HONOLULU -- Hawaiian governor Neil Abercrombie has proposed establishing a tax on soda and other sugary beverages in the state.
The newly elected Democratic governor said a soda tax could generate about $50 million a year for the state, $10 million of which would be directed to programs to tackle obesity and diabetes. He did not specify a proposed tax rate.
The governor emphasized before the state Legislature on Jan. 24 in his State of the State address that lawmakers can no longer ignore that consumption of sugary drinks and other such products contribute to rising public health costs. He said the tax revenues would be used to repair the public health infrastructure and to fund prevention and education programs.
The tax would also help Hawaii plug a $844 million budget deficit, which Abercrombie said he aims to close within the next two years. Some 33 states already impose a sales tax on soda, many of which levied the fee in recent years in the name of countering obesity.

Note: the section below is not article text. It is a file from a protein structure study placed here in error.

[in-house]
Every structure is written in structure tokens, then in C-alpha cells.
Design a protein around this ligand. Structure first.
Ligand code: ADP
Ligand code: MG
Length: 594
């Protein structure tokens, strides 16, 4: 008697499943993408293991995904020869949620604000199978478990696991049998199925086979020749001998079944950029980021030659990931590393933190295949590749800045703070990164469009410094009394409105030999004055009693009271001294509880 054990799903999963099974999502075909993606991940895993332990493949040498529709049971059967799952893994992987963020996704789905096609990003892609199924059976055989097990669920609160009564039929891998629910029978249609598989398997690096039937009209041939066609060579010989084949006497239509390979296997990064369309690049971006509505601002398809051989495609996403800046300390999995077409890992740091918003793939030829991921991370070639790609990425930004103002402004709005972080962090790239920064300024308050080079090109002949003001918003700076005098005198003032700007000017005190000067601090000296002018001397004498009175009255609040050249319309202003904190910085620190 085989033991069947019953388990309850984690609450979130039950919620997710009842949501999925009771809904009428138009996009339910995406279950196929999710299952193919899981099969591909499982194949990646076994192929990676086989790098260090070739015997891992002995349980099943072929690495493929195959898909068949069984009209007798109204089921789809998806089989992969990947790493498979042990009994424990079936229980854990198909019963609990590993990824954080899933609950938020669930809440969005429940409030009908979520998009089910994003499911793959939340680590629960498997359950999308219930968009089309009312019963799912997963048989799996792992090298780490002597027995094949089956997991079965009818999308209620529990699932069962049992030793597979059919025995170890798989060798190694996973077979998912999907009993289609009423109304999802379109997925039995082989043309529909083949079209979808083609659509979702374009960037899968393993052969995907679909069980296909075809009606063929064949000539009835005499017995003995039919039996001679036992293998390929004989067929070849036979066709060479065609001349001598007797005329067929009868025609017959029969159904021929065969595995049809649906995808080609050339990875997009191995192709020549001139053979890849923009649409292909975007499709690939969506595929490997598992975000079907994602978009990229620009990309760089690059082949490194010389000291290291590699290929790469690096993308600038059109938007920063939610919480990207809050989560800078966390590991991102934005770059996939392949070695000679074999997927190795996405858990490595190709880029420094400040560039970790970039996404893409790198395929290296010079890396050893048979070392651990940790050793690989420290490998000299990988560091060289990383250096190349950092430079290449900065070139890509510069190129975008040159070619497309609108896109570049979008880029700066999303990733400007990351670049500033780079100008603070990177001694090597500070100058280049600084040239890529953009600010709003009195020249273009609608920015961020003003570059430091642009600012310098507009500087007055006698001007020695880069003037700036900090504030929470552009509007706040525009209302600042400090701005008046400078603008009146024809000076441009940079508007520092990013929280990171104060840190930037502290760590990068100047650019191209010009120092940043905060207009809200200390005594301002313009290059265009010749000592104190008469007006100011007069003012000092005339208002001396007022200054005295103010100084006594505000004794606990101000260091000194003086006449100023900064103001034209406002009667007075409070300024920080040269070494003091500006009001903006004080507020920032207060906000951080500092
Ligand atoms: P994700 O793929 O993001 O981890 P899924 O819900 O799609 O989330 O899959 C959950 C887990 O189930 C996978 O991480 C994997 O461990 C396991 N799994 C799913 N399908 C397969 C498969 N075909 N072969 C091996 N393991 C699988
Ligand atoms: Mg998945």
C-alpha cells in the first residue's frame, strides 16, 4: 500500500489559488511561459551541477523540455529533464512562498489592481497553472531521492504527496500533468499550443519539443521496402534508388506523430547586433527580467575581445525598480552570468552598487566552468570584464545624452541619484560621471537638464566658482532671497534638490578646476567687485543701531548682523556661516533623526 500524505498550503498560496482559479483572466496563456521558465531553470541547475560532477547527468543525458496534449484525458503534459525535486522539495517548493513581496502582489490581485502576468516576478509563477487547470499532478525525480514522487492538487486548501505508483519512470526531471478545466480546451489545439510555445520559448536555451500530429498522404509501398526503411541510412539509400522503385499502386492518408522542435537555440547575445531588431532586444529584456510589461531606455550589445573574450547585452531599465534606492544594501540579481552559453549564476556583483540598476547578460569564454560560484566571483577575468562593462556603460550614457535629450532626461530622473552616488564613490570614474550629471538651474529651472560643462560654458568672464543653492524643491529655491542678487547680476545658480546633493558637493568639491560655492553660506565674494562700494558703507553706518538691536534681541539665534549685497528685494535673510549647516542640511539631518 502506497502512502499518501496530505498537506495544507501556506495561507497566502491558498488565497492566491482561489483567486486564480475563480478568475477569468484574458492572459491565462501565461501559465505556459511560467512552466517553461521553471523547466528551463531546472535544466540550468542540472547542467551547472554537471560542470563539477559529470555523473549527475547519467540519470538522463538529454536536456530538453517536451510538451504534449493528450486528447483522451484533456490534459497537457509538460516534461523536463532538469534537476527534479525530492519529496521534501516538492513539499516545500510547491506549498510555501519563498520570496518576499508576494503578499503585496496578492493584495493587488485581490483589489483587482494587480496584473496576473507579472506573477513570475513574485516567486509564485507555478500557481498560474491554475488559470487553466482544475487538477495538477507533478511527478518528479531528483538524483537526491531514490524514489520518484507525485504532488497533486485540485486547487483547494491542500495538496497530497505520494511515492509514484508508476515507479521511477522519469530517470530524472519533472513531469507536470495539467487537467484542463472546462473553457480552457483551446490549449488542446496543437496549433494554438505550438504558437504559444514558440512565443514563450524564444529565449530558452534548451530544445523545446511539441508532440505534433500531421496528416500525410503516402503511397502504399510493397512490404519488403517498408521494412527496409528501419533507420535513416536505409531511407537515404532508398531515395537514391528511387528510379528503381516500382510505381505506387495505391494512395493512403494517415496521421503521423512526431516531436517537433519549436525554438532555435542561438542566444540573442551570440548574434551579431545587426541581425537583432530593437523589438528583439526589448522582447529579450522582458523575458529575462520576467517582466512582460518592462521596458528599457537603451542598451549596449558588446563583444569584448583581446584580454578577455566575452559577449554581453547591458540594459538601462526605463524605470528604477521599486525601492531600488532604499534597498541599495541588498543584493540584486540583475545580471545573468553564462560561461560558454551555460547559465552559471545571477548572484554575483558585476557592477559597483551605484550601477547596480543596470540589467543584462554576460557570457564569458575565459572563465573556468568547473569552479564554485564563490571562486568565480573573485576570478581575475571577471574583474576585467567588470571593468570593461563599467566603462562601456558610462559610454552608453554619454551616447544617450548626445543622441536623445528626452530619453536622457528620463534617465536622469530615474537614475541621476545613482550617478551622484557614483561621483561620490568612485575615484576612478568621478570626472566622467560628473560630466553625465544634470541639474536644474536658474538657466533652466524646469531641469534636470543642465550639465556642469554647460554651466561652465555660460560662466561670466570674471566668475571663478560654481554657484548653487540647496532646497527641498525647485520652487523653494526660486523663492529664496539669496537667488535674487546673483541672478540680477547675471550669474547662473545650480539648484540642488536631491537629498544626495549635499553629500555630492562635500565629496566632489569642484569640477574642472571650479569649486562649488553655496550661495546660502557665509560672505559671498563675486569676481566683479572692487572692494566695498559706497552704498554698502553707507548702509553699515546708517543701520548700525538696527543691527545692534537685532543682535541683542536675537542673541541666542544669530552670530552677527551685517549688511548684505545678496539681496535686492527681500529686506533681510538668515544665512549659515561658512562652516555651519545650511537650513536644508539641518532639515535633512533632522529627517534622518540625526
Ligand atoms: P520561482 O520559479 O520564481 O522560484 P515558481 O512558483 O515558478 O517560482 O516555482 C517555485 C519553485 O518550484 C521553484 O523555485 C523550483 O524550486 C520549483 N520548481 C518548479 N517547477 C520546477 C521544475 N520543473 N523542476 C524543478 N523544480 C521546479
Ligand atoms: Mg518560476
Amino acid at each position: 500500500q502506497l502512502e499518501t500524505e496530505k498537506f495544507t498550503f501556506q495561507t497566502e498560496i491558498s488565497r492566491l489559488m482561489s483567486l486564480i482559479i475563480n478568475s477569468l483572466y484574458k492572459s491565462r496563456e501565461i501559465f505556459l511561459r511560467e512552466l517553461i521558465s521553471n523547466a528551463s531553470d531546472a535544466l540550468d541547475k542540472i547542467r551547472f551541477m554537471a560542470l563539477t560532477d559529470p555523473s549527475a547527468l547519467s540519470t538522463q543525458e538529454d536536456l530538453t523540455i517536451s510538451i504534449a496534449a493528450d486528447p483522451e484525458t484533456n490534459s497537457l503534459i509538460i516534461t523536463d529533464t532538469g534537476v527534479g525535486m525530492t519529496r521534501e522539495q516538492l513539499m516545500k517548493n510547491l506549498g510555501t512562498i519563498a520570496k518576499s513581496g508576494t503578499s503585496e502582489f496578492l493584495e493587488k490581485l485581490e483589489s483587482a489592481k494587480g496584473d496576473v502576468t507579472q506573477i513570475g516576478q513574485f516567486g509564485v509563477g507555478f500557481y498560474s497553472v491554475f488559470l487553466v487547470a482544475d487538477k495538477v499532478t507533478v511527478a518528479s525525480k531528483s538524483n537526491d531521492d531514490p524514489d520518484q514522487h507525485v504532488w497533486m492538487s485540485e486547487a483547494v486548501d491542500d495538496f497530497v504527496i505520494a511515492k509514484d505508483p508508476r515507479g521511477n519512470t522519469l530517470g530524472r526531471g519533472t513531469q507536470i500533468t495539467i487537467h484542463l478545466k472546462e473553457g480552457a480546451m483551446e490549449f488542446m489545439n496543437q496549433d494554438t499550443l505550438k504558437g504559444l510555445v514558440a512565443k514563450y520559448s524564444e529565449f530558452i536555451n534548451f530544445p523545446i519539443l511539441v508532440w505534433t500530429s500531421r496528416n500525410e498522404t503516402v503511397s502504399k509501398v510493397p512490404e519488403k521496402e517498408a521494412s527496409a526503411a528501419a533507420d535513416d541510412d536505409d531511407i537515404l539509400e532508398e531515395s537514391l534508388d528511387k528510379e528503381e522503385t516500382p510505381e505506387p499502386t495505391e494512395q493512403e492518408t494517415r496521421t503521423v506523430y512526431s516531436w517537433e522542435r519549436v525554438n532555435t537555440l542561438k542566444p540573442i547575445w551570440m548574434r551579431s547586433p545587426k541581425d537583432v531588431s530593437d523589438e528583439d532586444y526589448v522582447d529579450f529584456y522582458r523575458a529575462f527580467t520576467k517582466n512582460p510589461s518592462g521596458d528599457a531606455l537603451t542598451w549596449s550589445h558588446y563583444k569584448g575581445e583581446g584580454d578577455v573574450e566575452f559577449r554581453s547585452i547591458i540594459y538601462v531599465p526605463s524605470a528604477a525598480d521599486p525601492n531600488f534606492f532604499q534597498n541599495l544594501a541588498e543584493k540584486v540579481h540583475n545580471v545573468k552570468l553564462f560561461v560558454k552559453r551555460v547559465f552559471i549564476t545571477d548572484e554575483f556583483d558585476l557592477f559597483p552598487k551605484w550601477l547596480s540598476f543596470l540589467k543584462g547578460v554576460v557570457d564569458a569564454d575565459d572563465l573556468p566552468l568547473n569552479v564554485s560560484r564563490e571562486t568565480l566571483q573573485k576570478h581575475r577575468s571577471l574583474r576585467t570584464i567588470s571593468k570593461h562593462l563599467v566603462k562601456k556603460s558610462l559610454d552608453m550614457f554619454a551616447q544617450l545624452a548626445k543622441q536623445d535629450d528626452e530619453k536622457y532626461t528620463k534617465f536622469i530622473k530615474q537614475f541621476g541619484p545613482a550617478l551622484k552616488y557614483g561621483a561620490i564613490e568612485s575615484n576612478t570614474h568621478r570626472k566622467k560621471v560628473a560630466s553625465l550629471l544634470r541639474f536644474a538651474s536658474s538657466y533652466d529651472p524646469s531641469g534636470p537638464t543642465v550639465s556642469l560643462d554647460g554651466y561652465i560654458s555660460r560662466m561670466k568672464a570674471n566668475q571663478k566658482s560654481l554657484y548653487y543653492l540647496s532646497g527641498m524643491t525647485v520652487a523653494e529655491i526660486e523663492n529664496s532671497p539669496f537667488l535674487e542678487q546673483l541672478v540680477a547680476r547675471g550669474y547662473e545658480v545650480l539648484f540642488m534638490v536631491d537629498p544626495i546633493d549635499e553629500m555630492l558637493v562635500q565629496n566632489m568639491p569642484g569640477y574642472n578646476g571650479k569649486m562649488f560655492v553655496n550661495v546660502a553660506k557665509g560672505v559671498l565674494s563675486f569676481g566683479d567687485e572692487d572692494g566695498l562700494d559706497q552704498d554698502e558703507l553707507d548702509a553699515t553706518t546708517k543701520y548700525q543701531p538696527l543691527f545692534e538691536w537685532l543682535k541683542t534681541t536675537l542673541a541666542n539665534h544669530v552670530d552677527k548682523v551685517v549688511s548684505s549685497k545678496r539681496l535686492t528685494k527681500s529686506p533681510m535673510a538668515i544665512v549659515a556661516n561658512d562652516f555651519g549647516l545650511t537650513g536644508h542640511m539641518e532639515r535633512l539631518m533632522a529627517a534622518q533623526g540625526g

Hawaii's obesity rate is actually among the nation's lowest, ranking 47th. According to the Centers for Disease Control and Prevention, Hawaiian obesity rates stood at 22.6% from 2007 to 2009, while combined rates of obesity and overweight were 57.3%. Nationwide, 68% of Americans were considered to be overweight or obese in 2008, including 34% who were obese -- up from 15% in 1980.
Some research suggests that calorically sweetened beverages are disproportionately consumed by overweight people and that even a small amount of weight loss could be beneficial for many Americans. A recent study from the U.S. Department of Agriculture's Economic Research Service found that 10.6% of overweight adults consume more than 450 calories a day from calorically sweetened beverages -- nearly three times the average of 152 calories.
The beverage industry has argued that it is unfair to single out sugary beverages as the sole cause of obesity, and that taxing beverages is highly regressive.